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Turnout low at budget hearing

March 07, 2002|BY TARA REILLY

Despite attempts from the Washington County Board of Education to draw support for its proposed $132.8 million budget, a public hearing on the budget Wednesday night went largely unnoticed by county residents.

Two people signed up to speak at the hearing, and one didn't address the budget. Many of the approximately 12 people in attendance were School Board administrators.

"I'm disappointed," School Board member Roxanne Ober said after the hearing.

Ober said the board had sent letters to parents of every student in the school system informing them of the hearing.

School Board members have said attempts to reach the public on budget matters have a history of low turnouts.

"It's normal," School Board member Mary Wilfong said.

Public support of the budget is critical to the School Board receiving the $5.78 million increase the school system is seeking from the Washington County Board of Commissioners, Ober said.

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The commissioners, who are the main funding source of the School Board, have proposed giving the board a $1.4 million increase, more than $4 million less than requested. The county currently contributes $68.3 million to the School Board.

The School Board has said it would use the $5.78 million increase to cover several expenses, such as raising employee salaries, hiring 10 new teachers, creating a security specialist position, paying for health insurance cost increases and improving student achievement.

Without the increase from the county, school officials have said improvements to the quality of education may be set back.

Some of the requests include:

--$3.9 million in salary increases

--$1.6 million in health insurance cost increases

--$592,000 for instructional improvements, including the hiring of four teachers for the Alternative High School and staff development.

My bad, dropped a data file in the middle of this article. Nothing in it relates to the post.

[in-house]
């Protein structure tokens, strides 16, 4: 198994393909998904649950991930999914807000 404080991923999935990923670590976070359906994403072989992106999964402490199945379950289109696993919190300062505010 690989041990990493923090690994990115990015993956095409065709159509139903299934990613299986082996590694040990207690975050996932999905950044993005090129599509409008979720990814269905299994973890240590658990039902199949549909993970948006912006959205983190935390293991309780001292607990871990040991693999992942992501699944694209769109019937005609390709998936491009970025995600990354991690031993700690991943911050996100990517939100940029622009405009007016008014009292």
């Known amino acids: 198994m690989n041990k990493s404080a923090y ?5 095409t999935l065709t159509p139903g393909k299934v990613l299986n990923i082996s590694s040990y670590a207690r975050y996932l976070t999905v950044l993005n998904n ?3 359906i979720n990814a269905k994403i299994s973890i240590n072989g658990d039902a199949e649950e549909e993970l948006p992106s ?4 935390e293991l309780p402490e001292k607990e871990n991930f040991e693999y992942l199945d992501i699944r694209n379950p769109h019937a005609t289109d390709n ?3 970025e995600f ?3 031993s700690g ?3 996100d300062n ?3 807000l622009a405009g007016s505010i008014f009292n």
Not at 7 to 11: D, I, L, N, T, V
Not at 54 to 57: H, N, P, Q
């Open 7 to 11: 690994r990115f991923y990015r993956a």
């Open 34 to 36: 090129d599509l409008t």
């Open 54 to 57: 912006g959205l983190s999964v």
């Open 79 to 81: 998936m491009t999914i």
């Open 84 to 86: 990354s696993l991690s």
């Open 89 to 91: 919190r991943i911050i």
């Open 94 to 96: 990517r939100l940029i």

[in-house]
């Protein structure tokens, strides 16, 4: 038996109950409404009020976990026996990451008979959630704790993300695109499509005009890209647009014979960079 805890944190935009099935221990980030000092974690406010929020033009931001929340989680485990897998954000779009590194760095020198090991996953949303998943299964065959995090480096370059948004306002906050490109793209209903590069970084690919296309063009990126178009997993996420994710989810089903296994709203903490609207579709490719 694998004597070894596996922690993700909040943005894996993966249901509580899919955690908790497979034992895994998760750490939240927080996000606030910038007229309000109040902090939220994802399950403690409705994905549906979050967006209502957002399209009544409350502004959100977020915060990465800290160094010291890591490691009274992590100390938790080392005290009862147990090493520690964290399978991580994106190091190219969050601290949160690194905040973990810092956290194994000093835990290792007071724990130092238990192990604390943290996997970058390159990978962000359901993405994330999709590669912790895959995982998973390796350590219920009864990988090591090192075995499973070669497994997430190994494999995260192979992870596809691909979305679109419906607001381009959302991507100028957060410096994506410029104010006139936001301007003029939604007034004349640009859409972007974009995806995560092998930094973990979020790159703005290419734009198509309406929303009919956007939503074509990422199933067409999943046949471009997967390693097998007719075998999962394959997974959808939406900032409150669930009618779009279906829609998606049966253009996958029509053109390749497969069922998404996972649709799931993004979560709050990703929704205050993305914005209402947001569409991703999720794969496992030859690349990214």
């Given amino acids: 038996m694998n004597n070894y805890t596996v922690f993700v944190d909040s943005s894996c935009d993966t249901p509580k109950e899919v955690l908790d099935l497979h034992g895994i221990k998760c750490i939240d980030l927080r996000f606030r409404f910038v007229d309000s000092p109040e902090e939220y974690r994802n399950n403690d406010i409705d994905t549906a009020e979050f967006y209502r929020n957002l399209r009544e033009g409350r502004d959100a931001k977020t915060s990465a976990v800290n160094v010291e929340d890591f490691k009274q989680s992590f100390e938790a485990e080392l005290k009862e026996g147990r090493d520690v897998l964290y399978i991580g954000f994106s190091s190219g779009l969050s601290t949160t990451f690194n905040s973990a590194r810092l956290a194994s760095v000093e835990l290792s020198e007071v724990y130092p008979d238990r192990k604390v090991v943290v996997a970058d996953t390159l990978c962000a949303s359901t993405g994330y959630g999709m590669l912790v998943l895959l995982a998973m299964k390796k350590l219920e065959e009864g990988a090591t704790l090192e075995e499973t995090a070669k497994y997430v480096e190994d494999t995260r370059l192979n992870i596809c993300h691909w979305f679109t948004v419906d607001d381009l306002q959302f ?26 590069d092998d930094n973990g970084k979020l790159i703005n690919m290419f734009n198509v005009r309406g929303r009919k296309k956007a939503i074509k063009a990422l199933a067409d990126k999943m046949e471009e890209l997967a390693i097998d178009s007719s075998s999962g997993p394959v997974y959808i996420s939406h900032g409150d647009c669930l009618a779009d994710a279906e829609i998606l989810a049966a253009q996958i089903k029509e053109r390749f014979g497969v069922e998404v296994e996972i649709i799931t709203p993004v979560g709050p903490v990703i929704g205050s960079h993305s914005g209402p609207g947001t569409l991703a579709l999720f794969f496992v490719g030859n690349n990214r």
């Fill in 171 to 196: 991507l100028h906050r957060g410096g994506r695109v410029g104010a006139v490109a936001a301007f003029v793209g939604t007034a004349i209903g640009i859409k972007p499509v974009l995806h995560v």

--$532,415 for high school improvement, including the hiring of six high school teachers, providing SAT prep courses and offering remediation courses for the High School Assessments, which is required by the state.

--$110,000 for building repairs, including $68,900 to pay the salary and benefits for a security specialist.

Jackie Fischer, the lone member of the public to speak on the budget, said school security plans are needed to ensure safety, but the job can be done by a consultant to save money.

"Once plans are developed and implemented, the services of a security specialist are no longer necessary," she said.

Ober issued a challenge to members of the community to support the budget on April 2 at 7 p.m., when the School Board presents it to the commissioners. That public hearing will be held at Hagerstown Community College's Kepler Theater.

"The voice of the public is key for us to receive additional funding," Ober said. "I'm challenging the public to come and voice their opinions and support for a fair and modest increase in the education budget."

On Feb. 19, the School Board adopted a $133.2 million budget, but a copy of the budget handed out Wednesday night listed the budget at $132.8 million.

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